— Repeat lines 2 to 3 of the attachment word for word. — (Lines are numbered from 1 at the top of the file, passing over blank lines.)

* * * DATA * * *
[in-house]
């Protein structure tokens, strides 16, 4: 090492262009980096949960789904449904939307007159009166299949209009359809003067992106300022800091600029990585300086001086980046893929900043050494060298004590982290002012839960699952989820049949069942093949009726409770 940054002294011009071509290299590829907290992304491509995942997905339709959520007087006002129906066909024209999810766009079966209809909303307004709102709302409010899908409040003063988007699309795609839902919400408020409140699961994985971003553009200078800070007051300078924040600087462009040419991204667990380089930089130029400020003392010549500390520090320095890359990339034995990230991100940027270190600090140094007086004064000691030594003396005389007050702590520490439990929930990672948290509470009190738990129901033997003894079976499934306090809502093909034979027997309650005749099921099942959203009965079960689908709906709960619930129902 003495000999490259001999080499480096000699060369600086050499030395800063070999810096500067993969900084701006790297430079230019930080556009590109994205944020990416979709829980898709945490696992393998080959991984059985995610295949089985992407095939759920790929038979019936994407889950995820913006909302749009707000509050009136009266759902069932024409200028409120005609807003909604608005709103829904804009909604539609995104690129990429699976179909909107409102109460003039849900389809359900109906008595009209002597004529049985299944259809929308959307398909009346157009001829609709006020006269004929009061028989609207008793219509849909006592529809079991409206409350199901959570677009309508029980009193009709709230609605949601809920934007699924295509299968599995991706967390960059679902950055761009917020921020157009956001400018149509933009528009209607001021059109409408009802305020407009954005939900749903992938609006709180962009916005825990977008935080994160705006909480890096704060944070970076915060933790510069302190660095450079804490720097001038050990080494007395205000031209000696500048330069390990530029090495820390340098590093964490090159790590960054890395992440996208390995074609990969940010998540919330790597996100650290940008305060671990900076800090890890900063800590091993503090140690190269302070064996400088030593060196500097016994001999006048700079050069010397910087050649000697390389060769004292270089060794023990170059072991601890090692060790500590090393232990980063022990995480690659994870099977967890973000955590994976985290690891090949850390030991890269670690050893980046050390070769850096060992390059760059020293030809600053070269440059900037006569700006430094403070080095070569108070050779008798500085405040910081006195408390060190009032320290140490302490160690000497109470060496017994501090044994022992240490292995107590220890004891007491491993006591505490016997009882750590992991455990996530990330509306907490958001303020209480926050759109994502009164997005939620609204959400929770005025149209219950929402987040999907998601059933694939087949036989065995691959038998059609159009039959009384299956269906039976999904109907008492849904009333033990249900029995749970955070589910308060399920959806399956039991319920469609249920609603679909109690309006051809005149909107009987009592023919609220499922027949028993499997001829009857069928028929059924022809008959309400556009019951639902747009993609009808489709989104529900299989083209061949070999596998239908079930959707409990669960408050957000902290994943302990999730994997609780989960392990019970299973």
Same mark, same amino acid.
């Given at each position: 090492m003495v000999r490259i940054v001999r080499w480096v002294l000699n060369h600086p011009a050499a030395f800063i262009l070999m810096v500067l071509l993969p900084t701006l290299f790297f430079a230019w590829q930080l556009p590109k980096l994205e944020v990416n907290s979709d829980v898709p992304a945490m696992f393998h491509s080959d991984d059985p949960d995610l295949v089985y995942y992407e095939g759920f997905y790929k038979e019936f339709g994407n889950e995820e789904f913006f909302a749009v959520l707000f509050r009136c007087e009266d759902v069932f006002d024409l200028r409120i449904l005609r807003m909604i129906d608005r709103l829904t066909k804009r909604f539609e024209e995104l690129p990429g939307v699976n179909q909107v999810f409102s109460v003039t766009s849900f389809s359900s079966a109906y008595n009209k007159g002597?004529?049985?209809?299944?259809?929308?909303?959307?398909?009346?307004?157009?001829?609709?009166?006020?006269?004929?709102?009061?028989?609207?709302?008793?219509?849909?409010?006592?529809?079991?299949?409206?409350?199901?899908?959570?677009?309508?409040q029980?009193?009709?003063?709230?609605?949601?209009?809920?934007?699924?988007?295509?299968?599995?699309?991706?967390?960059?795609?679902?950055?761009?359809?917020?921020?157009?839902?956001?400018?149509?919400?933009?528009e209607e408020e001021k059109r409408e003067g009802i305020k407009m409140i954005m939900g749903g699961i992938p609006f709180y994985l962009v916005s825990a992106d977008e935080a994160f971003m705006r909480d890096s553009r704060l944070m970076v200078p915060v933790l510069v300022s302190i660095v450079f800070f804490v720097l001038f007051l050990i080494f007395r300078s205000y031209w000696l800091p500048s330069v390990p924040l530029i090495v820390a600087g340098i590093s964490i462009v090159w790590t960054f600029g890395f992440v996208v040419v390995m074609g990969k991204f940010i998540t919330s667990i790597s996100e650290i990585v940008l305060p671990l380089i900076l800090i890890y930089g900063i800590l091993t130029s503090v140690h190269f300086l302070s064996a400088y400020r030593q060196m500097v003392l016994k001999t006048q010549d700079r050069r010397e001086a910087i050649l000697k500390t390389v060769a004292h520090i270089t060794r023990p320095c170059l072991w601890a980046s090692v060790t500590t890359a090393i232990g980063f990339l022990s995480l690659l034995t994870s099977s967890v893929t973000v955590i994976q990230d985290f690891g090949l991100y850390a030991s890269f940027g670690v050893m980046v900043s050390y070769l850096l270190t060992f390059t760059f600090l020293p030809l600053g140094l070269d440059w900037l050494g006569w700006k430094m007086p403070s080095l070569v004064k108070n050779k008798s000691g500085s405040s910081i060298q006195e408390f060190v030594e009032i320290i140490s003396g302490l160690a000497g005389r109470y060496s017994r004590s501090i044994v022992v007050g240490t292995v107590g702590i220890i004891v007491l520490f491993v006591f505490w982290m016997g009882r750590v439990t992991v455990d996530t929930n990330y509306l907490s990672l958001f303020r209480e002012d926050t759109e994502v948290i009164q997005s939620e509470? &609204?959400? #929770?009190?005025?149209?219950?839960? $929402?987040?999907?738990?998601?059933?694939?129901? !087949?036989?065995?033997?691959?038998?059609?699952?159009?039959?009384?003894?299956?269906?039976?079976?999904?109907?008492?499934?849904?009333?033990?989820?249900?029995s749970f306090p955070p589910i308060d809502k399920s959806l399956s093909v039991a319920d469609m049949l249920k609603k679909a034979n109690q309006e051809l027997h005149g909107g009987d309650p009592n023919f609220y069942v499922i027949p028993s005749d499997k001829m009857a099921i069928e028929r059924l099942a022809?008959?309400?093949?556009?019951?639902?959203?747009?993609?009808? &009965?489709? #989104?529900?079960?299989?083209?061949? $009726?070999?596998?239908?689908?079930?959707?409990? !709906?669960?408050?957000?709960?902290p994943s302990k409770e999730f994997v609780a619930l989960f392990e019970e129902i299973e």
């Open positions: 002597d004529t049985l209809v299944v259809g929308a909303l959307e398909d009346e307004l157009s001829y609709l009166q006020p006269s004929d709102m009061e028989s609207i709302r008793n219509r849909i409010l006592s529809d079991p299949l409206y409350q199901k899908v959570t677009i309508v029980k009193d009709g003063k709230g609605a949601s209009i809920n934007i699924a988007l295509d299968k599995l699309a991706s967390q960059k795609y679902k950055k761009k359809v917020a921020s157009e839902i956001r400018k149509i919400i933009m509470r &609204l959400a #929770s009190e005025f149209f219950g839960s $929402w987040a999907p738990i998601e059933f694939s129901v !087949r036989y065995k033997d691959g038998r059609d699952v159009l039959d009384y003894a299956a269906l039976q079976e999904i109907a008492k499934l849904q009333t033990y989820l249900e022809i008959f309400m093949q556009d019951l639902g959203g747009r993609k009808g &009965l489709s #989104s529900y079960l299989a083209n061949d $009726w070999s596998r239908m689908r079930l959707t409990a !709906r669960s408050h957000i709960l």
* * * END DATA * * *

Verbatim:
């Protein structure tokens, strides 16, 4: 090492262009980096949960789904449904939307007159009166299949209009359809003067992106300022800091600029990585300086001086980046893929900043050494060298004590982290002012839960699952989820049949069942093949009726409770 940054002294011009071509290299590829907290992304491509995942997905339709959520007087006002129906066909024209999810766009079966209809909303307004709102709302409010899908409040003063988007699309795609839902919400408020409140699961994985971003553009200078800070007051300078924040600087462009040419991204667990380089930089130029400020003392010549500390520090320095890359990339034995990230991100940027270190600090140094007086004064000691030594003396005389007050702590520490439990929930990672948290509470009190738990129901033997003894079976499934306090809502093909034979027997309650005749099921099942959203009965079960689908709906709960619930129902 003495000999490259001999080499480096000699060369600086050499030395800063070999810096500067993969900084701006790297430079230019930080556009590109994205944020990416979709829980898709945490696992393998080959991984059985995610295949089985992407095939759920790929038979019936994407889950995820913006909302749009707000509050009136009266759902069932024409200028409120005609807003909604608005709103829904804009909604539609995104690129990429699976179909909107409102109460003039849900389809359900109906008595009209002597004529049985299944259809929308959307398909009346157009001829609709006020006269004929009061028989609207008793219509849909006592529809079991409206409350199901959570677009309508029980009193009709709230609605949601809920934007699924295509299968599995991706967390960059679902950055761009917020921020157009956001400018149509933009528009209607001021059109409408009802305020407009954005939900749903992938609006709180962009916005825990977008935080994160705006909480890096704060944070970076915060933790510069302190660095450079804490720097001038050990080494007395205000031209000696500048330069390990530029090495820390340098590093964490090159790590960054890395992440996208390995074609990969940010998540919330790597996100650290940008305060671990900076800090890890900063800590091993503090140690190269302070064996400088030593060196500097016994001999006048700079050069010397910087050649000697390389060769004292270089060794023990170059072991601890090692060790500590090393232990980063022990995480690659994870099977967890973000955590994976985290690891090949850390030991890269670690050893980046050390070769850096060992390059760059020293030809600053070269440059900037006569700006430094403070080095070569108070050779008798500085405040910081006195408390060190009032320290140490302490160690000497109470060496017994501090044994022992240490292995107590220890004891007491491993006591505490016997009882750590992991455990996530990330509306907490958001303020209480926050759109994502009164997005939620609204959400929770005025149209219950929402987040999907998601059933694939087949036989065995691959038998059609159009039959009384299956269906039976999904109907008492849904009333033990249900029995749970955070589910308060399920959806399956039991319920469609249920609603679909109690309006051809005149909107009987009592023919609220499922027949028993499997001829009857069928028929059924022809008959309400556009019951639902747009993609009808489709989104529900299989083209061949070999596998239908079930959707409990669960408050957000902290994943302990999730994997609780989960392990019970299973």
Same mark, same amino acid.